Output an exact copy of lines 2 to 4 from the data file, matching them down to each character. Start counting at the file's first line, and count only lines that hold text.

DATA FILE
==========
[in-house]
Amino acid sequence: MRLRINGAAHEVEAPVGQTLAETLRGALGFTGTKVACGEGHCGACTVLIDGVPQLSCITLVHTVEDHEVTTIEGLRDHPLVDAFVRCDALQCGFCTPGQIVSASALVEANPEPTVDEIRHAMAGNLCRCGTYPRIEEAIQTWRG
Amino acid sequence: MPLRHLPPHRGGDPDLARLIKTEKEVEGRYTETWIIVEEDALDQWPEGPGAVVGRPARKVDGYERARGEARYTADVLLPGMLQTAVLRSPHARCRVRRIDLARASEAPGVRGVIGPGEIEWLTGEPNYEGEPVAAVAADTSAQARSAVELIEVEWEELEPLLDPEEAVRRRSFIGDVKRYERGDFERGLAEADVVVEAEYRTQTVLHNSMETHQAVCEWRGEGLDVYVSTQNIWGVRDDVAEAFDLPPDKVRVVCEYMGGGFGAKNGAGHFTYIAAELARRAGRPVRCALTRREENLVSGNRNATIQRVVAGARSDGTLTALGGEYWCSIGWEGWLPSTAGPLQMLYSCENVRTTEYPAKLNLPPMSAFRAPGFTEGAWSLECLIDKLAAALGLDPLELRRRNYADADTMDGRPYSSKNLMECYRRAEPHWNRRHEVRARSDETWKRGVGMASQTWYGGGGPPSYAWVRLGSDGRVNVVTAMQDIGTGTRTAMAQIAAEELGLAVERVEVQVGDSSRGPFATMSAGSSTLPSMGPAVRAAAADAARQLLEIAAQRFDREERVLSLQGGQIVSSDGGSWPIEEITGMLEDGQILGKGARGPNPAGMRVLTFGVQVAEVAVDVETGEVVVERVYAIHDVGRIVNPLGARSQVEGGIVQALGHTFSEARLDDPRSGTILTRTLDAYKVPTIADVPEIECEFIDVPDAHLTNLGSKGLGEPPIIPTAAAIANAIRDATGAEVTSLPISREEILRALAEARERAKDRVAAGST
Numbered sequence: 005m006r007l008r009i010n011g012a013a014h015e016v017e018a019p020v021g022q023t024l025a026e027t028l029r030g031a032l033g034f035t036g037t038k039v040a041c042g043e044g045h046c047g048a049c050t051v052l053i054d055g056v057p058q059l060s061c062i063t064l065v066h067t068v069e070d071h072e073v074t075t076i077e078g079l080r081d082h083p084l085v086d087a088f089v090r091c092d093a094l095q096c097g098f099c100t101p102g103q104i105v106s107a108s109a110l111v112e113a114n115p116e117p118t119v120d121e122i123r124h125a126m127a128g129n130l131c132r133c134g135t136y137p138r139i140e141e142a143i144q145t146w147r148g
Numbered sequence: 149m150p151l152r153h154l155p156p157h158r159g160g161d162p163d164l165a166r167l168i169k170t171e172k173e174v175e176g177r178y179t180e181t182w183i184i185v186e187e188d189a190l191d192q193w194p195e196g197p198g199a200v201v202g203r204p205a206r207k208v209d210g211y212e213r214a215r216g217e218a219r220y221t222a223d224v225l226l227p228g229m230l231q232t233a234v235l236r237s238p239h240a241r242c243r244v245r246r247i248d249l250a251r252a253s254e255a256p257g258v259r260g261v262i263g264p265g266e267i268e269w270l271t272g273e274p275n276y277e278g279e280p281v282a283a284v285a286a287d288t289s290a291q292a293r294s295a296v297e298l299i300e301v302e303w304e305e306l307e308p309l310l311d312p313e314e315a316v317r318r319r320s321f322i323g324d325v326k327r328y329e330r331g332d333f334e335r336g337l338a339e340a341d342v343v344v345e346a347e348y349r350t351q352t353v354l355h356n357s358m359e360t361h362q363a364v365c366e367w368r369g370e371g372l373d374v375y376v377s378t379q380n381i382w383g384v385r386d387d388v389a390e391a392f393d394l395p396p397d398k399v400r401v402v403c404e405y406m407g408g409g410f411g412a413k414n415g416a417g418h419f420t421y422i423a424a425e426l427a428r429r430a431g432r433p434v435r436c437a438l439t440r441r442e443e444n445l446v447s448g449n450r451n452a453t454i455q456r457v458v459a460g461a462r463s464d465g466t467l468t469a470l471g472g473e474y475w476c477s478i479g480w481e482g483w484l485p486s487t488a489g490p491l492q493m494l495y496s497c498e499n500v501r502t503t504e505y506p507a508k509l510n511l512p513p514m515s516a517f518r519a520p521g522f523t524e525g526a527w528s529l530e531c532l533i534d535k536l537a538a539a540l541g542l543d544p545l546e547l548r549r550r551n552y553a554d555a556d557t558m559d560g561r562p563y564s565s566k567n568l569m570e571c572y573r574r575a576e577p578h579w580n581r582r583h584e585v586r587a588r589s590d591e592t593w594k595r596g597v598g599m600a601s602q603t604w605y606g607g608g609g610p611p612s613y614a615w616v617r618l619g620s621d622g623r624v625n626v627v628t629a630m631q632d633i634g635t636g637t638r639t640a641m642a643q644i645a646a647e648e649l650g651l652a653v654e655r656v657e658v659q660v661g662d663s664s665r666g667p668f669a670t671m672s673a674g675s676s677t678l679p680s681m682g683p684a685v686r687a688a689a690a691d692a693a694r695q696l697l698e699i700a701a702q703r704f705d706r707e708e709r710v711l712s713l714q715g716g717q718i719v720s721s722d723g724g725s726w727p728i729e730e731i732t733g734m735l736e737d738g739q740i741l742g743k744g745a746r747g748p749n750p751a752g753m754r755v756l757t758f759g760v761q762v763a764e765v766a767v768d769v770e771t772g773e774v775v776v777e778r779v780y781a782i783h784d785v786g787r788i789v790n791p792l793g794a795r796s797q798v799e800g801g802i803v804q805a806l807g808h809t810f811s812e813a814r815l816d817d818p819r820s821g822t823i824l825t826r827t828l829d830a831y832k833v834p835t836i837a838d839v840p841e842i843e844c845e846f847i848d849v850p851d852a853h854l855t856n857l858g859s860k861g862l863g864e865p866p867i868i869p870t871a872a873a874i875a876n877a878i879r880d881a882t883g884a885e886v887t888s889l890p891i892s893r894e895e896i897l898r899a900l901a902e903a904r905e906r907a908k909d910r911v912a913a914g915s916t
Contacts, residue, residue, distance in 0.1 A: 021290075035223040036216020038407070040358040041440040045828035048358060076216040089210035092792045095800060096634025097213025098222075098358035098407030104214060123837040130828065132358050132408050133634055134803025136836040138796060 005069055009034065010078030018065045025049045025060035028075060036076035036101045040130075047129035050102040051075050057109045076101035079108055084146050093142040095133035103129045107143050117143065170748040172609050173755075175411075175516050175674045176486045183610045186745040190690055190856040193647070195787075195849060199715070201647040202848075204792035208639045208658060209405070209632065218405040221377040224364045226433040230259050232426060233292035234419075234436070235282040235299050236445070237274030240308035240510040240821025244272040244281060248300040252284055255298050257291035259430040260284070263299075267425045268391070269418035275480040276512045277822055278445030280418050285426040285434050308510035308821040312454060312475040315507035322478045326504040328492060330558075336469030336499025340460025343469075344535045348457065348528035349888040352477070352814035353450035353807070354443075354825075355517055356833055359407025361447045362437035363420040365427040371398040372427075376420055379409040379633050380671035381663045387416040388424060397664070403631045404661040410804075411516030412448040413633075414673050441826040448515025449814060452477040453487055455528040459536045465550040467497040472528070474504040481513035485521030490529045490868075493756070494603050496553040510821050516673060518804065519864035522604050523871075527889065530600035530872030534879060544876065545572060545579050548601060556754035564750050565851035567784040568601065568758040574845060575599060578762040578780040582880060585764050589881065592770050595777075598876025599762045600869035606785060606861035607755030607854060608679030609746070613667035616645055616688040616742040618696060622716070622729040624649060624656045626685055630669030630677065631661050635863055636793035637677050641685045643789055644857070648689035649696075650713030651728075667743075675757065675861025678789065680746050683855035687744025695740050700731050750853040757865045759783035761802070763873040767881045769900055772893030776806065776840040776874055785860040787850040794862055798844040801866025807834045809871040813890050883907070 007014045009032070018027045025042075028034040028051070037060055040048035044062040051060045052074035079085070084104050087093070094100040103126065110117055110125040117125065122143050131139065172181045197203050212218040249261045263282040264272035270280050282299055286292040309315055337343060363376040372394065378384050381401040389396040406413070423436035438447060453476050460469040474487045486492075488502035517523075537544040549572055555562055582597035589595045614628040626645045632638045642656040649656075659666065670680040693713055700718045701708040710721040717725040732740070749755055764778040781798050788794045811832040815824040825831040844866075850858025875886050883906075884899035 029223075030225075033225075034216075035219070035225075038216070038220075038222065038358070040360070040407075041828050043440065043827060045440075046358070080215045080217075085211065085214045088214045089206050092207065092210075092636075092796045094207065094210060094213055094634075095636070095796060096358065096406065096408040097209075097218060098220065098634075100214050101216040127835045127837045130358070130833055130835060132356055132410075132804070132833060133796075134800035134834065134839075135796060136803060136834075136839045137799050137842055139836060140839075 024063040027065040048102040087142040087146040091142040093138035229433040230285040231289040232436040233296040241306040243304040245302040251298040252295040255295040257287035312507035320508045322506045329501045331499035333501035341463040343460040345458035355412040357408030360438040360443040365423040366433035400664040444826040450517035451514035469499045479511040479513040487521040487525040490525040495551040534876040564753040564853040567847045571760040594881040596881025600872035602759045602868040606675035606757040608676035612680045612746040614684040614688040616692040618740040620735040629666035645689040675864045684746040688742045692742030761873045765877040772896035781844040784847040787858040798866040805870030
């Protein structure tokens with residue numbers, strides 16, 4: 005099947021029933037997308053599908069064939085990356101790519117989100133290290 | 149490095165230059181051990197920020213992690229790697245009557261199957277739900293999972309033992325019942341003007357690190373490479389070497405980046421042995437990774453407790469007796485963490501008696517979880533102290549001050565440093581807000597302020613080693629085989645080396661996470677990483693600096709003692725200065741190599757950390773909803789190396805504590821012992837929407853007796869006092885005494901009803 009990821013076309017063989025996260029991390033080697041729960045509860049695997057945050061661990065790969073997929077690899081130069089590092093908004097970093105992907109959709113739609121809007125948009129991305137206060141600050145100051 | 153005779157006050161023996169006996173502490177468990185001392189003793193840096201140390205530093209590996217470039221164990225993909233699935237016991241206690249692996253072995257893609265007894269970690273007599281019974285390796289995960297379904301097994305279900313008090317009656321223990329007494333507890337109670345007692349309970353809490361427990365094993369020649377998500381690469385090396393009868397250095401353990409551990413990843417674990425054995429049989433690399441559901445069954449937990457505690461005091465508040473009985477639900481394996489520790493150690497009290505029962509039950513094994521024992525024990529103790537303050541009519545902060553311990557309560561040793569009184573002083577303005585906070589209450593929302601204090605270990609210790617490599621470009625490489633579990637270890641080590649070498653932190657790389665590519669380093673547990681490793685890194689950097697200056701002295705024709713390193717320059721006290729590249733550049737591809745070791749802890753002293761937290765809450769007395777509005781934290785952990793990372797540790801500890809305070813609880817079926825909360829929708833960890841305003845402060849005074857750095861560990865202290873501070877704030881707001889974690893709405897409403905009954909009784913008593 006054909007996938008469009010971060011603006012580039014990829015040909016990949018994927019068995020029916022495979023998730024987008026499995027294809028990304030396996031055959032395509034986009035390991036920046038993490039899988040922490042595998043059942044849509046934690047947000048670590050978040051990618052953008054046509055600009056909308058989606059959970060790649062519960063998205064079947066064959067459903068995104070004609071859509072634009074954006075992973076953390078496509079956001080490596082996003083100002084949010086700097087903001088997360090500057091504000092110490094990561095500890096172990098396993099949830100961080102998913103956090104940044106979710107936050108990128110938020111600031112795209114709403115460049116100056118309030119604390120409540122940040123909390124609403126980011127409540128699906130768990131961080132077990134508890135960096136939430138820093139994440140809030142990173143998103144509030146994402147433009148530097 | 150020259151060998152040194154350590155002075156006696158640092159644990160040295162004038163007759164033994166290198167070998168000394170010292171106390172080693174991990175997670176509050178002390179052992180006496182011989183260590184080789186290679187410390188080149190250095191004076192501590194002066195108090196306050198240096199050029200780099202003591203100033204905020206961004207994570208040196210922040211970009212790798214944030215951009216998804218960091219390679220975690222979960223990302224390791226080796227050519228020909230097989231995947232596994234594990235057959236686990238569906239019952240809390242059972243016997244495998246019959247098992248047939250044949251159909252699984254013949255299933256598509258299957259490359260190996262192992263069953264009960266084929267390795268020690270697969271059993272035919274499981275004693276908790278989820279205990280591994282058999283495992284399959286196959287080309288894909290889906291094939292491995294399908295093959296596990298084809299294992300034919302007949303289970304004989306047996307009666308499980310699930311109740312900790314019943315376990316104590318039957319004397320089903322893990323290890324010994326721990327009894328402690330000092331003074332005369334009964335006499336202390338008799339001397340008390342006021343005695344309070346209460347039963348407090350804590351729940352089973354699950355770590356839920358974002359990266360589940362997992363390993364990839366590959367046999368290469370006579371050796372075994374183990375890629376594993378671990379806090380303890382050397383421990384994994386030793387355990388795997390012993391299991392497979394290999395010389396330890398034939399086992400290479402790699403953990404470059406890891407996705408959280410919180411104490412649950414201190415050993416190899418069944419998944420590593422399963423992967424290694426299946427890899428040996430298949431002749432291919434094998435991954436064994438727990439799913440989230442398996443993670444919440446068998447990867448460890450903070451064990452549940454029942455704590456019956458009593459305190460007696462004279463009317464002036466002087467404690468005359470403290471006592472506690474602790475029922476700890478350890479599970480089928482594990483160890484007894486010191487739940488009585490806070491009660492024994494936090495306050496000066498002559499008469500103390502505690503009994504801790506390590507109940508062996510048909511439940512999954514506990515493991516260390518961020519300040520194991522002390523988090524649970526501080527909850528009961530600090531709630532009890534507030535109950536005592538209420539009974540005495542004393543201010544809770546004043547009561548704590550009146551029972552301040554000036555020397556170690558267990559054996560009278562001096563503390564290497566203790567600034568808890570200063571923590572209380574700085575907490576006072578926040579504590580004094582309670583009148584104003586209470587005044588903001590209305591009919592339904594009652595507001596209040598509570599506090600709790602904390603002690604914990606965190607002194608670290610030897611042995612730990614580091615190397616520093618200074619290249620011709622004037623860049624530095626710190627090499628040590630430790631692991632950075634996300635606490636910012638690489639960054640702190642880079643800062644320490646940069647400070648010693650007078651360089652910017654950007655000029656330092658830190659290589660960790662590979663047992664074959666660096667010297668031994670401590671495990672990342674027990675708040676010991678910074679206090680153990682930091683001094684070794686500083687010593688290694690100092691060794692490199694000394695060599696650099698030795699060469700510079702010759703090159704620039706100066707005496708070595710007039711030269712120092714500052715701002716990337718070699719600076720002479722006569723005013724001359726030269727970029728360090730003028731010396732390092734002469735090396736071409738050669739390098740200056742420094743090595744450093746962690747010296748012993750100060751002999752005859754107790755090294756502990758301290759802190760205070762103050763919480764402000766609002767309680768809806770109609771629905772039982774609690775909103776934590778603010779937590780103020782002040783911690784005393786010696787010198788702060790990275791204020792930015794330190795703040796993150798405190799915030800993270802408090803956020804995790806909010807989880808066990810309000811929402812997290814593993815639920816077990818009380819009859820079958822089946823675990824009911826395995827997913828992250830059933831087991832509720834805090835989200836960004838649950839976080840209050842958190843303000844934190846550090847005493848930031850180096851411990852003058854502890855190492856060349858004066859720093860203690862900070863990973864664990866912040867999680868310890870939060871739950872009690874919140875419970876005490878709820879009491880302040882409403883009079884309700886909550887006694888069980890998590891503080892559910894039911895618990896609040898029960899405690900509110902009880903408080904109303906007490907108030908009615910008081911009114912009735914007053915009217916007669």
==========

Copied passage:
Amino acid sequence: MRLRINGAAHEVEAPVGQTLAETLRGALGFTGTKVACGEGHCGACTVLIDGVPQLSCITLVHTVEDHEVTTIEGLRDHPLVDAFVRCDALQCGFCTPGQIVSASALVEANPEPTVDEIRHAMAGNLCRCGTYPRIEEAIQTWRG
Amino acid sequence: MPLRHLPPHRGGDPDLARLIKTEKEVEGRYTETWIIVEEDALDQWPEGPGAVVGRPARKVDGYERARGEARYTADVLLPGMLQTAVLRSPHARCRVRRIDLARASEAPGVRGVIGPGEIEWLTGEPNYEGEPVAAVAADTSAQARSAVELIEVEWEELEPLLDPEEAVRRRSFIGDVKRYERGDFERGLAEADVVVEAEYRTQTVLHNSMETHQAVCEWRGEGLDVYVSTQNIWGVRDDVAEAFDLPPDKVRVVCEYMGGGFGAKNGAGHFTYIAAELARRAGRPVRCALTRREENLVSGNRNATIQRVVAGARSDGTLTALGGEYWCSIGWEGWLPSTAGPLQMLYSCENVRTTEYPAKLNLPPMSAFRAPGFTEGAWSLECLIDKLAAALGLDPLELRRRNYADADTMDGRPYSSKNLMECYRRAEPHWNRRHEVRARSDETWKRGVGMASQTWYGGGGPPSYAWVRLGSDGRVNVVTAMQDIGTGTRTAMAQIAAEELGLAVERVEVQVGDSSRGPFATMSAGSSTLPSMGPAVRAAAADAARQLLEIAAQRFDREERVLSLQGGQIVSSDGGSWPIEEITGMLEDGQILGKGARGPNPAGMRVLTFGVQVAEVAVDVETGEVVVERVYAIHDVGRIVNPLGARSQVEGGIVQALGHTFSEARLDDPRSGTILTRTLDAYKVPTIADVPEIECEFIDVPDAHLTNLGSKGLGEPPIIPTAAAIANAIRDATGAEVTSLPISREEILRALAEARERAKDRVAAGST
Numbered sequence: 005m006r007l008r009i010n011g012a013a014h015e016v017e018a019p020v021g022q023t024l025a026e027t028l029r030g031a032l033g034f035t036g037t038k039v040a041c042g043e044g045h046c047g048a049c050t051v052l053i054d055g056v057p058q059l060s061c062i063t064l065v066h067t068v069e070d071h072e073v074t075t076i077e078g079l080r081d082h083p084l085v086d087a088f089v090r091c092d093a094l095q096c097g098f099c100t101p102g103q104i105v106s107a108s109a110l111v112e113a114n115p116e117p118t119v120d121e122i123r124h125a126m127a128g129n130l131c132r133c134g135t136y137p138r139i140e141e142a143i144q145t146w147r148g